(MCT) — WASHINGTON — President Barack Obama’s point man for Superstorm Sandy recovery said Wednesday that the administration is working to get the Jersey Shore open for business next summer and pledged to help the state rebuild better and stronger as they try to make sense of damage assessment figures.
“We want to ensure that homes that were lost are rebuilt, businesses are restored and communities are made whole,” Shaun Donovan, secretary of Housing and Urban Development, told U.S. Sen. Frank Lautenberg, D-N.J., at an appropriations subcommittee hearing. “We want to build back stronger, smarter, safer and more resiliently — a 21st century response.”
Donovan said a summer of lost revenue at the Shore would be “devastating,” but some committee members said the federal government can’t afford to pay for everything.
“There just simply isn’t enough money to go around to fund all the essential functions of the federal government,” said Sen. Dan Coats, R-Ind., the top-ranking Republican on the subcommittee. But even Coats agreed the rebuilding effort should include measures to mitigate damage in future storms.
Gov. Chris Christie will be in Washington Thursday to press members of Congress as well as the Obama administration to help fund New Jersey’s recovery and to help finance projects to protect the state in future storms.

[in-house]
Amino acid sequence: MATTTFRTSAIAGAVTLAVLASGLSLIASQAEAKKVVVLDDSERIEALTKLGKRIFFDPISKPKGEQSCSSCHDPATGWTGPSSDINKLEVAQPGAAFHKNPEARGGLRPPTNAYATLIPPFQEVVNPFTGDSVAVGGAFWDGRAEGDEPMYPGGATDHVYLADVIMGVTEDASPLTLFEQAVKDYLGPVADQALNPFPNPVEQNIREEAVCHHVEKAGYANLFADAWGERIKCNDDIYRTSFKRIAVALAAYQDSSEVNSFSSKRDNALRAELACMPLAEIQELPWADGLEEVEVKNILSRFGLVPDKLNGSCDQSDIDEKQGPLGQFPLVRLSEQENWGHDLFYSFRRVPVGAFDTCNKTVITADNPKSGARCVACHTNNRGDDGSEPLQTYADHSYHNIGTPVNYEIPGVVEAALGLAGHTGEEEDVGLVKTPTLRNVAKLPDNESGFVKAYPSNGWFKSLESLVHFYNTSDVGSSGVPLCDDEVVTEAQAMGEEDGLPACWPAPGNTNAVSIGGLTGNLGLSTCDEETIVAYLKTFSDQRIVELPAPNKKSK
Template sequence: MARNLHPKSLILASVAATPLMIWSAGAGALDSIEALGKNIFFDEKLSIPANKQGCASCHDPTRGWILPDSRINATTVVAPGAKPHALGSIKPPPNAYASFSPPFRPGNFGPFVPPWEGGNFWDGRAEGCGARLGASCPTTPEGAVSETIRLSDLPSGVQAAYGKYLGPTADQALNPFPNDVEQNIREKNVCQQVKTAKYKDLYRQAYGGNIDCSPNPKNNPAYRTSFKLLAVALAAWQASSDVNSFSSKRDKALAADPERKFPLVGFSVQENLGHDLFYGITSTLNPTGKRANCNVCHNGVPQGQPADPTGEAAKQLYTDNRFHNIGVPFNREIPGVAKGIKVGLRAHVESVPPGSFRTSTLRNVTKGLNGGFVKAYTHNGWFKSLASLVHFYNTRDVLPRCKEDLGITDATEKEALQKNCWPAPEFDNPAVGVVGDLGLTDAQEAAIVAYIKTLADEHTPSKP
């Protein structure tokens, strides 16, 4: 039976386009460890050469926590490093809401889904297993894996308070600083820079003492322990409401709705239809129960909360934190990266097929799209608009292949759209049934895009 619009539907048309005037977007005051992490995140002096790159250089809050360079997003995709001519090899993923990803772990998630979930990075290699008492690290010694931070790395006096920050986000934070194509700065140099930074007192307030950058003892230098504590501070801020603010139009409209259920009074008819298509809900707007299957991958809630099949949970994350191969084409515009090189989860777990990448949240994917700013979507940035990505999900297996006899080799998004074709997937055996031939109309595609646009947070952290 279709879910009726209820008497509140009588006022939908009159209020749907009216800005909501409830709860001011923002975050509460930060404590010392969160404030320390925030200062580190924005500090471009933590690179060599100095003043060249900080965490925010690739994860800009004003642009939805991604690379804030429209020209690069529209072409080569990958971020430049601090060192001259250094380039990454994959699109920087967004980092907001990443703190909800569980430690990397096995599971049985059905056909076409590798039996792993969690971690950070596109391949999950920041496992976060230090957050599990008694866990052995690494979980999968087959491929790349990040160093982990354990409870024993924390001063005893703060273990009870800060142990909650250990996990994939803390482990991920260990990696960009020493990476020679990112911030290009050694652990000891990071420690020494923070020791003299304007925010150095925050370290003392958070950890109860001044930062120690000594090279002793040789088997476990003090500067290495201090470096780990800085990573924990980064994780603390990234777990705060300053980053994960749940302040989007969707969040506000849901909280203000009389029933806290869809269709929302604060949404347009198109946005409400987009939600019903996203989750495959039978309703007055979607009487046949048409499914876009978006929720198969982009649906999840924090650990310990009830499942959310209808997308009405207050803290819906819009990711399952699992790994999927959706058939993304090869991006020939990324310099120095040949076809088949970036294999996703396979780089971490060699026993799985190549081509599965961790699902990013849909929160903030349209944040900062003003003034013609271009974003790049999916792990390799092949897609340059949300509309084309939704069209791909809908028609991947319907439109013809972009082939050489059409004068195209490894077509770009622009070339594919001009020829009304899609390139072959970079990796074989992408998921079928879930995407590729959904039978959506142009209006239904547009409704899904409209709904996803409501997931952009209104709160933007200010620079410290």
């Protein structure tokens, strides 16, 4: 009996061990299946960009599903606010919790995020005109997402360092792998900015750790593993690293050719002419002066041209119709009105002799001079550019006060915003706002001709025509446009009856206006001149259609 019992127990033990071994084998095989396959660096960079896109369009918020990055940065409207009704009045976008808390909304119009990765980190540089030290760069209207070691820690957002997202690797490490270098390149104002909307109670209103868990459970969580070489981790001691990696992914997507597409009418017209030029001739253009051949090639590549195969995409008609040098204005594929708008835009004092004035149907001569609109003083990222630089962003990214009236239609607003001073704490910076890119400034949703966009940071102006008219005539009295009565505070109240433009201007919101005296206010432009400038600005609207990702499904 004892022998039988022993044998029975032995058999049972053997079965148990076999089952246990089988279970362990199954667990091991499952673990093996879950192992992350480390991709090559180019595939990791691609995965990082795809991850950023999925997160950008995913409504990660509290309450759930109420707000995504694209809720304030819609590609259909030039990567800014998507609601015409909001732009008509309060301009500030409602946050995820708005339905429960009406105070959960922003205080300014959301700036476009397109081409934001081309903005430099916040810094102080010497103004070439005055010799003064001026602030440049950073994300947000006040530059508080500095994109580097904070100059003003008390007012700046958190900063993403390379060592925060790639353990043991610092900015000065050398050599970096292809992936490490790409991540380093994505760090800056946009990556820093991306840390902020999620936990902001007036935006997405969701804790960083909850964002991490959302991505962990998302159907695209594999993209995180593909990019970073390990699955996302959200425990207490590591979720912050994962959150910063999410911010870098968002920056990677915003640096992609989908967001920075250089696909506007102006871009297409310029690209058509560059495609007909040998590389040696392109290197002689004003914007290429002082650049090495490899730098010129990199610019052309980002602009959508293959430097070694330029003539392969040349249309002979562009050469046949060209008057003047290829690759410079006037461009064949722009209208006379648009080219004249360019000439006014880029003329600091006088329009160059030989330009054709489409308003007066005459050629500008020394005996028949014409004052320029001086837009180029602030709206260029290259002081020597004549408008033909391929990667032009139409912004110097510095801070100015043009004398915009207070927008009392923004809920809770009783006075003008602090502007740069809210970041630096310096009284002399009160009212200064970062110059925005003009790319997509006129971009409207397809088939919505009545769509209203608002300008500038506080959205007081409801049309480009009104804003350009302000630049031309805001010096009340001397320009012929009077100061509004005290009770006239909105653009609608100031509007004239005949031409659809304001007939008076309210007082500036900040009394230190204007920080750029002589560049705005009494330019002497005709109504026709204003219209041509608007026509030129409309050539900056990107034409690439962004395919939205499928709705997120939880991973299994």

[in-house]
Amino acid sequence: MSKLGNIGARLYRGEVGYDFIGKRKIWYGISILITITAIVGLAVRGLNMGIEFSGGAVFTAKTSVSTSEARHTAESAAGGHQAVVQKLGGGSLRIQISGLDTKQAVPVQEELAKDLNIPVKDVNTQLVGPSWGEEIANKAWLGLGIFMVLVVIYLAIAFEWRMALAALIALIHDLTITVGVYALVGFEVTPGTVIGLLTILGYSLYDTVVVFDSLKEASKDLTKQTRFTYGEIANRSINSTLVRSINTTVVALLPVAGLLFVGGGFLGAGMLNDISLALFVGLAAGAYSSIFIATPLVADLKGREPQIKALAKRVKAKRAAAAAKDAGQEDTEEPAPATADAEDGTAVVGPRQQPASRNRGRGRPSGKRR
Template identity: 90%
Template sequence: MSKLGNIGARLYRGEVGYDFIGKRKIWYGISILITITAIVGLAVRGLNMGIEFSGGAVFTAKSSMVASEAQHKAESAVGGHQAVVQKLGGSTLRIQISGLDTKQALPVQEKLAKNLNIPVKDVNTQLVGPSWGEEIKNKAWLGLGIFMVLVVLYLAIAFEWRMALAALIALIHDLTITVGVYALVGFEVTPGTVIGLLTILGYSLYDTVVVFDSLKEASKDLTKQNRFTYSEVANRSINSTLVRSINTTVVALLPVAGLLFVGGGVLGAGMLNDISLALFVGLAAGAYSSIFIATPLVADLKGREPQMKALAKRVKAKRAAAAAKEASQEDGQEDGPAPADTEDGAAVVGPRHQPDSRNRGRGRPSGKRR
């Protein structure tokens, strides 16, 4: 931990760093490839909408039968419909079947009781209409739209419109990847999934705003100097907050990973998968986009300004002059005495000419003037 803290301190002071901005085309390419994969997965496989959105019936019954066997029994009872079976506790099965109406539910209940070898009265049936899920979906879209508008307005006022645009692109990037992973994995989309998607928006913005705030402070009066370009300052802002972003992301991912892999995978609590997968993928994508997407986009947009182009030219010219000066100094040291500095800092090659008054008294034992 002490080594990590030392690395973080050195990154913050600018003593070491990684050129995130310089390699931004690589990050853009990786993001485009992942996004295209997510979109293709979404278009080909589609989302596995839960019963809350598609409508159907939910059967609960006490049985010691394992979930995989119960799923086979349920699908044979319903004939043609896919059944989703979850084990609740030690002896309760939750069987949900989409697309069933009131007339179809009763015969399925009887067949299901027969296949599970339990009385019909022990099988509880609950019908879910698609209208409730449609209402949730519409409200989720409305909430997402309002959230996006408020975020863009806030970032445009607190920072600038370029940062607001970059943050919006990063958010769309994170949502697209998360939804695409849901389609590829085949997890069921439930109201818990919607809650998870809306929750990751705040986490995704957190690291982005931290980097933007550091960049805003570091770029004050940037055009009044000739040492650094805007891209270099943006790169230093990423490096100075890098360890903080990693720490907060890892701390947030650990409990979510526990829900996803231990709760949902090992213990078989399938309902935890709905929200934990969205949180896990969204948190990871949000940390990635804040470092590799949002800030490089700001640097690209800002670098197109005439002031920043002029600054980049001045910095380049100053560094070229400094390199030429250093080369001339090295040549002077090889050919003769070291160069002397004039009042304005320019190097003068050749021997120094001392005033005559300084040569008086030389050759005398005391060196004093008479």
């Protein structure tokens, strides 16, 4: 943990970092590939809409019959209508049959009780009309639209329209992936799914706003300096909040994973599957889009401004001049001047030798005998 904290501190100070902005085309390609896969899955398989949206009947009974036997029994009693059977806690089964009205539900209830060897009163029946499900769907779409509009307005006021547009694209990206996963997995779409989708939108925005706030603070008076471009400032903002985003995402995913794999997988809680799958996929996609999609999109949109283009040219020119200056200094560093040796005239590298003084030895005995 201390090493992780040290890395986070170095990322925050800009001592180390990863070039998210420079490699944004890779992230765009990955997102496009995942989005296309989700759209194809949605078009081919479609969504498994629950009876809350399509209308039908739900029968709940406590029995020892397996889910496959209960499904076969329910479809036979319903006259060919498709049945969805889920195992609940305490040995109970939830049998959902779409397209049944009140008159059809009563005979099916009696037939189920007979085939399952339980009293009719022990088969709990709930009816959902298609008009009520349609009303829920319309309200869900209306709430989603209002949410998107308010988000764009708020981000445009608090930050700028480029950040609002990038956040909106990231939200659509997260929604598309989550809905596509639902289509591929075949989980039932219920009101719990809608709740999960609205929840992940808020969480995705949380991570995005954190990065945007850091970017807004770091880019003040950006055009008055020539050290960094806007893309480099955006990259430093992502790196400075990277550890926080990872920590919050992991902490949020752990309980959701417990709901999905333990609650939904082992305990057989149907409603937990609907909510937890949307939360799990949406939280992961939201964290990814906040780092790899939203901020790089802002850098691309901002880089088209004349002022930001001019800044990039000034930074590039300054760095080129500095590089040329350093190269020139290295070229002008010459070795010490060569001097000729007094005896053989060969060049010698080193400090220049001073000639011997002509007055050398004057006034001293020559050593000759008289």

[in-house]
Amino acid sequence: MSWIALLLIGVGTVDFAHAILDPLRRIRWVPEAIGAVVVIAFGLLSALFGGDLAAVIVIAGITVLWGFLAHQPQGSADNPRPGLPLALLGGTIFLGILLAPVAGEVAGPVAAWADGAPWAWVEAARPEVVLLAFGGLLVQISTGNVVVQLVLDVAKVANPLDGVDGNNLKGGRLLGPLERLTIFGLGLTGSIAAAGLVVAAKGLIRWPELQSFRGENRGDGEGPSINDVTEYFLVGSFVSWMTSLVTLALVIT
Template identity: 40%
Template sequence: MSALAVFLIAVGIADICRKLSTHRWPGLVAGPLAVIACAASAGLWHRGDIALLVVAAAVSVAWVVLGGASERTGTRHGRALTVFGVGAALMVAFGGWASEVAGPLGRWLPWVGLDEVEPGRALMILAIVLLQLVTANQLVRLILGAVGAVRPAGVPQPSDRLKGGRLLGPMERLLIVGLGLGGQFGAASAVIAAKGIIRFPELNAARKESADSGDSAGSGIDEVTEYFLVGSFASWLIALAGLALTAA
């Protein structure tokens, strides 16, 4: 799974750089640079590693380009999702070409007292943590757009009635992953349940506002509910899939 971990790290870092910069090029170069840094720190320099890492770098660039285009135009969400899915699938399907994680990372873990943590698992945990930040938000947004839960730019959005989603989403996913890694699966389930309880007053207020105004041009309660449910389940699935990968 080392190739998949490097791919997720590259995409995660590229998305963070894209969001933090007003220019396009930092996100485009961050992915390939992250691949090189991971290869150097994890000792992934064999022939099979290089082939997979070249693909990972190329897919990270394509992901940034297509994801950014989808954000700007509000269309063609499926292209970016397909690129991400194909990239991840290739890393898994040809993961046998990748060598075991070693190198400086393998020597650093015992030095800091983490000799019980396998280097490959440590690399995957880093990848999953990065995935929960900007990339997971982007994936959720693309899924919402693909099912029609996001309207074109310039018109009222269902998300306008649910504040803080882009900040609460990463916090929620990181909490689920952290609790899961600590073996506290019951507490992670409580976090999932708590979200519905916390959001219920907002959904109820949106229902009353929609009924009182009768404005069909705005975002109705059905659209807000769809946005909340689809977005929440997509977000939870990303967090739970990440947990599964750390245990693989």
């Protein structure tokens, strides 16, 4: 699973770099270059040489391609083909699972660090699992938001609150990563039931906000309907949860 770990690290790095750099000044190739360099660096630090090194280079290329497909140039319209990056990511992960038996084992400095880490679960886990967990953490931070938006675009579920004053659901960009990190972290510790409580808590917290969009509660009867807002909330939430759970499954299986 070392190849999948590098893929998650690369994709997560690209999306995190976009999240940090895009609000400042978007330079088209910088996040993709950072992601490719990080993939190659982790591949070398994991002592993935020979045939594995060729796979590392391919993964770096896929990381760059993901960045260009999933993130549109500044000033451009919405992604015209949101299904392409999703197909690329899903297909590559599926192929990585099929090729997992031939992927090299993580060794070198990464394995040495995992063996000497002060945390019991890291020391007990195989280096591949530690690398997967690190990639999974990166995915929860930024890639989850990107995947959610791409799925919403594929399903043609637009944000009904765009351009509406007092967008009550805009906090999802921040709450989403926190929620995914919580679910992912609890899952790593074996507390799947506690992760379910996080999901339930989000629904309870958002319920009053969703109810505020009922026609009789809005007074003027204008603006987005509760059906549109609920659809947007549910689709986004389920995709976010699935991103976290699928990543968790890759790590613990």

Christie’s visit is the latest push to get money and to get it quickly to homeowners, businesses and all those trying to recover from the storm that he says did nearly $37 billion in damage.
Added to all the number crunching is an effort to separate what private insurance will cover and what existing programs will provide to offset the combined $79 billion damage estimate Christie and New York Gov. Andrew Cuomo have sent Obama. The administration is also trying to separate immediate recovery needs from the long-term projects that could be funded in future budgets.
The Federal Emergency Management Agency has already paid $227.6 million in individual assistance, which would cover claims filed by homeowners in New Jersey. FEMA has issued another $81 million to local governments for debris removal and emergency work to protect public health and safety.
Donovan also told the subcommittee that media reports the administration is prepared to make a $50 billion request to Congress for supplemental funding to help states recover were not true and the administration is still trying to refine its request.
FEMA Administrator Craig Fugate said in an interview the initial request would only cover projects that would be finished in the current fiscal year.
“Our annual appropriation is not always the total figure for a disaster,” he said. “It’s what we tend to expend.”
Lautenberg and U.S. Sen. Bob Menendez, D-N.J., joined Sens. Charles Schumer and Kirsten Gillibrand, both New York Democrats, in a statement saying $50 billion would be insufficient.
“While $50 billion is a significant amount of money, it unfortunately does not meet all of New York and New Jersey’s substantial needs,” they said. “While we know there will be additional supplements, the administration needs to come as close as possible to meeting our states’ needs in the first request.”